February 6, 2007
WAYNESBORO, Ga.---A Keysville man was found hanged in his cell in the Burke County Jail early yesterday morning. Officers believe 54-year-old Ezumer Palmer committed suicide.
Officials at the Burke County Jail tell us a jailer went to drop off Palmer's medications at around 7:20 Monday morning, and that's when they discovered he had died.
News 12 went into the Burke County Jail to find out why Palmer was not on suicide watch.
Inmates at the jail are free to roam beyond their eight by 15 foot brick cells during the day to watch TV or play games to pass the time.
That's exactly what Capt. Wayne Scott says Palmer was doing the night before his lifeless body was discovered in his cell.
"He was in a dayroom watching the Super Bowl and playing spades," Capt. Scott told News 12.
Even though a deputy mans the watchtower 24 hours a day to keep a close eye on the inmates, Capt. Scott admits visibility is limited behind cell doors.
Officials believe Palmer may have used that to his advantage.
"This guy never gave us any indicators he was suicidal," Capt. Scott said.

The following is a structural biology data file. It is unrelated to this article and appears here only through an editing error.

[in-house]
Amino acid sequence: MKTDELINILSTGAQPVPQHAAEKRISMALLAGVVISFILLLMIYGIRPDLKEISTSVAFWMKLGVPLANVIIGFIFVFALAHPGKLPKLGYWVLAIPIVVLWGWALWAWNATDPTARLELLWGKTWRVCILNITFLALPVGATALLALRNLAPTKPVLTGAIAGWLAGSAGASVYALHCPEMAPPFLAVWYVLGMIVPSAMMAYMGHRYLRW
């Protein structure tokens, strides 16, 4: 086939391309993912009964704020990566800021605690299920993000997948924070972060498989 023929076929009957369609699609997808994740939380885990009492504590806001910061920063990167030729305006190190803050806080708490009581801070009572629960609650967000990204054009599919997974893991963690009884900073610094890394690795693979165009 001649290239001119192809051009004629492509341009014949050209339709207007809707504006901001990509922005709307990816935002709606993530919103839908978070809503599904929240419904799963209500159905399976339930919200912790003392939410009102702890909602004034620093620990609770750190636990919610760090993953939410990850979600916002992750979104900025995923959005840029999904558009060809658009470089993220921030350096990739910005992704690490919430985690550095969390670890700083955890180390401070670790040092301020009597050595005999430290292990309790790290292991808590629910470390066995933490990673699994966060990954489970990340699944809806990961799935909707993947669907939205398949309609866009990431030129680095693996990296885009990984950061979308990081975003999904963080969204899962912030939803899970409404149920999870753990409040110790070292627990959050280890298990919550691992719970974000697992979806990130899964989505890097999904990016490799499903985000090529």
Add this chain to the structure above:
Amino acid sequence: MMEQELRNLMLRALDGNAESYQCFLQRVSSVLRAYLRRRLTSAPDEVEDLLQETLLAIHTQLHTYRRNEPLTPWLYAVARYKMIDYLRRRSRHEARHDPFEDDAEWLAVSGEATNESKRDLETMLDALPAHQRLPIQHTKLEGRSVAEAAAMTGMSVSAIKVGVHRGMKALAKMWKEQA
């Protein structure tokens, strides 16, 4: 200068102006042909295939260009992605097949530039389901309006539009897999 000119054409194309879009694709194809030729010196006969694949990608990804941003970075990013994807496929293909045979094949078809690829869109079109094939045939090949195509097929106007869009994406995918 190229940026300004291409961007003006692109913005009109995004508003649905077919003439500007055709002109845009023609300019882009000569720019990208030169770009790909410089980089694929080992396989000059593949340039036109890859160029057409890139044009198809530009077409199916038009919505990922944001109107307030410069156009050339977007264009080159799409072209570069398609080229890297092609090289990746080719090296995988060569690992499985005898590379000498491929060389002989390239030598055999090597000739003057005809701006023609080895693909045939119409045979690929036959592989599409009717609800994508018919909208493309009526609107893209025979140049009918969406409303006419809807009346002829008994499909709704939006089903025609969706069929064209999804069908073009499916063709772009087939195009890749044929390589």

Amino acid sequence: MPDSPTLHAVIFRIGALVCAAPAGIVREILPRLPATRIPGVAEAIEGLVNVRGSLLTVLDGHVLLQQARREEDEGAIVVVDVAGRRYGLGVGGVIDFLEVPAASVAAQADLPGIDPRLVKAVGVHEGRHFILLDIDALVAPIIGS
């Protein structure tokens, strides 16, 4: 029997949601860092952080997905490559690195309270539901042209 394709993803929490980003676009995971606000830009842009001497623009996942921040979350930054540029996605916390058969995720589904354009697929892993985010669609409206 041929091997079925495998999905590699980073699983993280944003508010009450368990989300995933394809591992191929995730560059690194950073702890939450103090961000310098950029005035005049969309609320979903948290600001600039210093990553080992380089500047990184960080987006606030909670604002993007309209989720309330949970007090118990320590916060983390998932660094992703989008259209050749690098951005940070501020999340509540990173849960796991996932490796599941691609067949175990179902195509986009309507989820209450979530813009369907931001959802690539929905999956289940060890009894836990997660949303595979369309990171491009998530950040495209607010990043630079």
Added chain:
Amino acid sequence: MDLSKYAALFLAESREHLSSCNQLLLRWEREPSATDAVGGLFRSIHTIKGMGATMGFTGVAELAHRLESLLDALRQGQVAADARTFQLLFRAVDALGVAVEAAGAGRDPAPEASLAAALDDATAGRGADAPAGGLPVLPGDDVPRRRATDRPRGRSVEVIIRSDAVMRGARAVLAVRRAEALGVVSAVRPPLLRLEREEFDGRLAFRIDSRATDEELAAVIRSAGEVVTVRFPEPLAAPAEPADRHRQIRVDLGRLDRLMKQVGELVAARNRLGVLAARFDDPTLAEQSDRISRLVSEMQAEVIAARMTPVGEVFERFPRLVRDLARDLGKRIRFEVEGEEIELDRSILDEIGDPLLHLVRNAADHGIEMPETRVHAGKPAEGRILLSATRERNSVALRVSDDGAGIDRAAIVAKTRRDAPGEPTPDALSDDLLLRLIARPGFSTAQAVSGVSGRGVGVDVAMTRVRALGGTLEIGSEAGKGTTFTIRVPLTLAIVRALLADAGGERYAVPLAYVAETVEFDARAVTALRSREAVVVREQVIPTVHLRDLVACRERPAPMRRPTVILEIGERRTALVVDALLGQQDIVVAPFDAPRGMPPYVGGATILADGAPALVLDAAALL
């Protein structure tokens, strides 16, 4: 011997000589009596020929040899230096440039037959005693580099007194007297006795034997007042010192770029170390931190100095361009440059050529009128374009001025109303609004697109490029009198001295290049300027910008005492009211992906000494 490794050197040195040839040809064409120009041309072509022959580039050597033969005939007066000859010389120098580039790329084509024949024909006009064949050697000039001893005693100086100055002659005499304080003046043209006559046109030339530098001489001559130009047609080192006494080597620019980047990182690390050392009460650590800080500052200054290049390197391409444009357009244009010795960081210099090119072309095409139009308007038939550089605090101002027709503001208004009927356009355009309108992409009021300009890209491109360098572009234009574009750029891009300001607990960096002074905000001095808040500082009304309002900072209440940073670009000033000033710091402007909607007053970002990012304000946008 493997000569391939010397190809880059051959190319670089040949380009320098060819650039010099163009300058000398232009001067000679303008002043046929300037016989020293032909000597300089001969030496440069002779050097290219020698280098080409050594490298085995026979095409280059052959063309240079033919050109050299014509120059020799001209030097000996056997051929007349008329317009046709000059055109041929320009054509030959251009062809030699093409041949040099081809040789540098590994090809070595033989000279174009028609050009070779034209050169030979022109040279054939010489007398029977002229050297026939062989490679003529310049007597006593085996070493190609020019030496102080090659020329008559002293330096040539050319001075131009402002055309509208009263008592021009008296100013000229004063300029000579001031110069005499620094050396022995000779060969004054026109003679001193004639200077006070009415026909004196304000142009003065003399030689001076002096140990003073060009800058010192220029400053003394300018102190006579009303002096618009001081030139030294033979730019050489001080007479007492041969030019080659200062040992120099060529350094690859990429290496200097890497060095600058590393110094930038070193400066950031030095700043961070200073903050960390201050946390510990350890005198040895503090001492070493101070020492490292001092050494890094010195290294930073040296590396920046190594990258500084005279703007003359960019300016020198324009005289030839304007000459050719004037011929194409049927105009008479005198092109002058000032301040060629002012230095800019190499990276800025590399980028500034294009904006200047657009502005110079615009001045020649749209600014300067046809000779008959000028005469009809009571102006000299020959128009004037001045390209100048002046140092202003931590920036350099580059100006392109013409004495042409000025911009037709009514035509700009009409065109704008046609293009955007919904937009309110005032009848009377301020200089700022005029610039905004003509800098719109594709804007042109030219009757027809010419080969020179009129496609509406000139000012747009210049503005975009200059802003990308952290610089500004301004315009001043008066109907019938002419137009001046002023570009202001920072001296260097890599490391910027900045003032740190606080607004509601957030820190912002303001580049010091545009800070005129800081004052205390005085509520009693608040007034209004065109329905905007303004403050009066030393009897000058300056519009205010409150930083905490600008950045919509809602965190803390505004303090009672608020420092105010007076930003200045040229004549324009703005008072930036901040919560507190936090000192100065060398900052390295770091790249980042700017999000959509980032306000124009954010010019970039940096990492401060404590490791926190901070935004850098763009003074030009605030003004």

He says inmates often give warning signs to deputies that signal they may try to hurt themselves once left alone in their cells.
"We look for signs of depression during booking," Capt. Scott said. "It depends on whether they've been to jail before, if they seem stressed or crying."
Those warning signs put the inmate on "suicide watch". They're given special clothes and blankets with material so thick an inmate wouldn't be able to hang himself with it.
But Capt. Scott stresses Palmer never gave deputies the first warning, and that's why he was never put on the watch.
"It's the best you can do with the situation," he said. "Nothing's fool proof but you do the best you can."
While GBI investigators say there's no indication at this time this was anything but a suicide, they aren't ruling out the possibility that that may not have been the case.
We were expecting autopsy results today, but now the coroner says they won't know anything until tomorrow.
Capt. Scott tells us the last time an inmate committed suicide in their jail was more than 14 years ago.